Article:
Game Development for Gamers #3 – The Tedious Part

Maps are amazing things. For years, developers having been tricking our eyes using maps. Bump maps, normal maps, opacity maps, para-awesome-llax maps, and so on. The basic idea is that by adding these maps, an artist can make an object appear to have more geometric detail than it actually does. Generally speaking a lower polygon count makes a smoother-running game.

Before I can move on to explain maps in detail, however, an object needs to be unwrapped. I find unwrapping objects about as fun and stress-free as being killed in Diablo 2, and returning to frantically run around naked amongst a hoard of monsters while trying to find all my gear again. It isn’t nice. For me, this is easily the most tedious part. It’s worse than testing. Worse than photographing walls in public and getting dodgy looks.

Imagine your model had to be unfolded piece by piece and placed in a flat square area, with each polygon facing upwards straight at you, providing a flat image that can be textured. An unwrapped box made of six polygons would look something like this:

Cube Unwrap

Notice how each polygon is an even size, placed within the blue square. In contrast, the exterior of my parent’s house looks like this:

House Unwrap

You’ve got a headache just looking at it, right? Because I have. All of the shapes outside the square I have unwrapped, the mass of green lines within the square, however, need me to select them individually, tell them which way to face, then resize each part so it’s small enough to pack within the box. Is this aspect of game development fun? No. No it isn’t. But as I’ve mentioned before, if strange, strange people are happy to photograph lamp posts and tarmac for a living, there must be someone out there with a passion for painstakingly moving lines around a screen until they fit into a little box.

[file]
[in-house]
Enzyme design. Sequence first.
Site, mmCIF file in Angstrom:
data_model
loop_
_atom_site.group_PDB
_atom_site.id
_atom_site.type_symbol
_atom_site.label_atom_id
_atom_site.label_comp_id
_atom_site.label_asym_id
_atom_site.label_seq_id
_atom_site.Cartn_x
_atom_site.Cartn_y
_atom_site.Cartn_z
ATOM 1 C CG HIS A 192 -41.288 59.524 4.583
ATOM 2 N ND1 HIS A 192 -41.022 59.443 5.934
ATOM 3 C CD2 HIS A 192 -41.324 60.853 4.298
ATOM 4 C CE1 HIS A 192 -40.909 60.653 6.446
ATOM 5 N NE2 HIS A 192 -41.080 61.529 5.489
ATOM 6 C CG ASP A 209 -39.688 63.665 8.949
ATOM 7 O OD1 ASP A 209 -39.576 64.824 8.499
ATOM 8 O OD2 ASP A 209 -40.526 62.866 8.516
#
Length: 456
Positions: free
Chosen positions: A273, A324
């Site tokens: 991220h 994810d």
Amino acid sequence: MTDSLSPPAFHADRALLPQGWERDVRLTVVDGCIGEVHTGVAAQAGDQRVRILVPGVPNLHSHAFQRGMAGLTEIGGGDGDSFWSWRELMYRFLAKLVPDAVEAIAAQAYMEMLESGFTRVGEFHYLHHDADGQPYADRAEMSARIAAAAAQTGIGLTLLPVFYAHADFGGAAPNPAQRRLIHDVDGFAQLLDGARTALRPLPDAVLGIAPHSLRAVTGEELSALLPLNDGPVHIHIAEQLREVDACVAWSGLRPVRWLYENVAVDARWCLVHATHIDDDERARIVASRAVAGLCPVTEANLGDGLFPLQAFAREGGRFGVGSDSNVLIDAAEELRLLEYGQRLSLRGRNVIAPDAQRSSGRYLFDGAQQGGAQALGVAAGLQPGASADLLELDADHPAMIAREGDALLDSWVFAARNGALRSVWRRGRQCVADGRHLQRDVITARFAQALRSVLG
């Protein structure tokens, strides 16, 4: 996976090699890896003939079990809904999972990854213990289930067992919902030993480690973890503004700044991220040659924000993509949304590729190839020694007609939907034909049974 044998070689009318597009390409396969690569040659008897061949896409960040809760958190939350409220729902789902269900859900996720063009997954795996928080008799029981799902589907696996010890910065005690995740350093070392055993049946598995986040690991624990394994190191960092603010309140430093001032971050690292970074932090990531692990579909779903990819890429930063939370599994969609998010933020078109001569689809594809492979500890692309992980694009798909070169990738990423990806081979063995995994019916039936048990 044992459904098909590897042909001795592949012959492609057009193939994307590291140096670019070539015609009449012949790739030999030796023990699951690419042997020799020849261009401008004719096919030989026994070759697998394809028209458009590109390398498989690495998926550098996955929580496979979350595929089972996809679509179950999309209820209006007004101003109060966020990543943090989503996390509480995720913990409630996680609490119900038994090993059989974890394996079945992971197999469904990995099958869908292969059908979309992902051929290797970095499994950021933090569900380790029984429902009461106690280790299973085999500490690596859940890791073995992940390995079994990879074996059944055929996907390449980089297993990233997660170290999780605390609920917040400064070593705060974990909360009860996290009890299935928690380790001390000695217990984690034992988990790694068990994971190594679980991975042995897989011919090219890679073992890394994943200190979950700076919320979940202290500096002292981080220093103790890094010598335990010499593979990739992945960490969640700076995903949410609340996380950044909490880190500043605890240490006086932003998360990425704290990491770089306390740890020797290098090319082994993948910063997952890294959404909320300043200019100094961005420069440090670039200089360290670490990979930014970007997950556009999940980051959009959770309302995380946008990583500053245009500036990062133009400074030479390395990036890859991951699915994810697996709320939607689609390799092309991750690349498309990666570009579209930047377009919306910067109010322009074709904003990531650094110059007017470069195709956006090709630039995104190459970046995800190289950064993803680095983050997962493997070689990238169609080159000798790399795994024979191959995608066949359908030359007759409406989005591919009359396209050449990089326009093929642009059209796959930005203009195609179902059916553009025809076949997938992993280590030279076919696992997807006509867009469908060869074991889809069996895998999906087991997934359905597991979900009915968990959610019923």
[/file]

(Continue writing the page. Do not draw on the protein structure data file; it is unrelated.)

Next time, at last, I promise you, the interesting and pretty part… MAPS!








6 responses to “Game Development for Gamers #3 – The Tedious Part”

  1. The Rook avatar
    The Rook

    So totally over my head, but it does like you are building The Matrix.

    I’m sure other developers are looking at this and nodding their heads in agreement, I will just read through the blog, look at the pictures and scratch my head.

  2. Snozzeltoff avatar

    I find it depends on what your modeling and Un-Wrapping. It is pretty tedious but one it’s done and you begin to paint up a texture, you really start to enjoy it and seeing the final result.

    I’m more of a modeller and can sit there for hours perfectly happy patch modelling away… i try to avoid characters, skinning, rigging and all that, can’t stand it.

  3. Del Torro El Sorrow avatar
    Del Torro El Sorrow

    Maybe you’ll think I’m insane, but this is really interesting!

  4. Michael avatar

    So EVERY object has to be unwrapped? Wow… if I’m following you right, that gives me a bit more appreciation for the very detailed environments in games these days! Hmm… so the model is made, unwrapped and then, um, textured? It may seem like I find that exciting. I don’t, it does sound tedious (as a process) but I’m intrigued anyway! : 😀

    Must make your eyes go a bit funny…

  5. Emily avatar

    @Rook – Emily fails! I wanted everyone to understand it. Imagine recieving a cheesecake, that’s been wrapped up. Take off the wrapping paper, and lay it out on a flat surface. That’s unwrapping!

  6. The Rook avatar
    The Rook

    No fail Emily. I understood the unwrapping, but how you know how to do this, understand the unwrapped image and detail each part is mind boggling.

    Trying to use cheesecake logic with me I see. The last word of your comment should be replaced with breakfast, lunch or dinner. 😀

Leave a Reply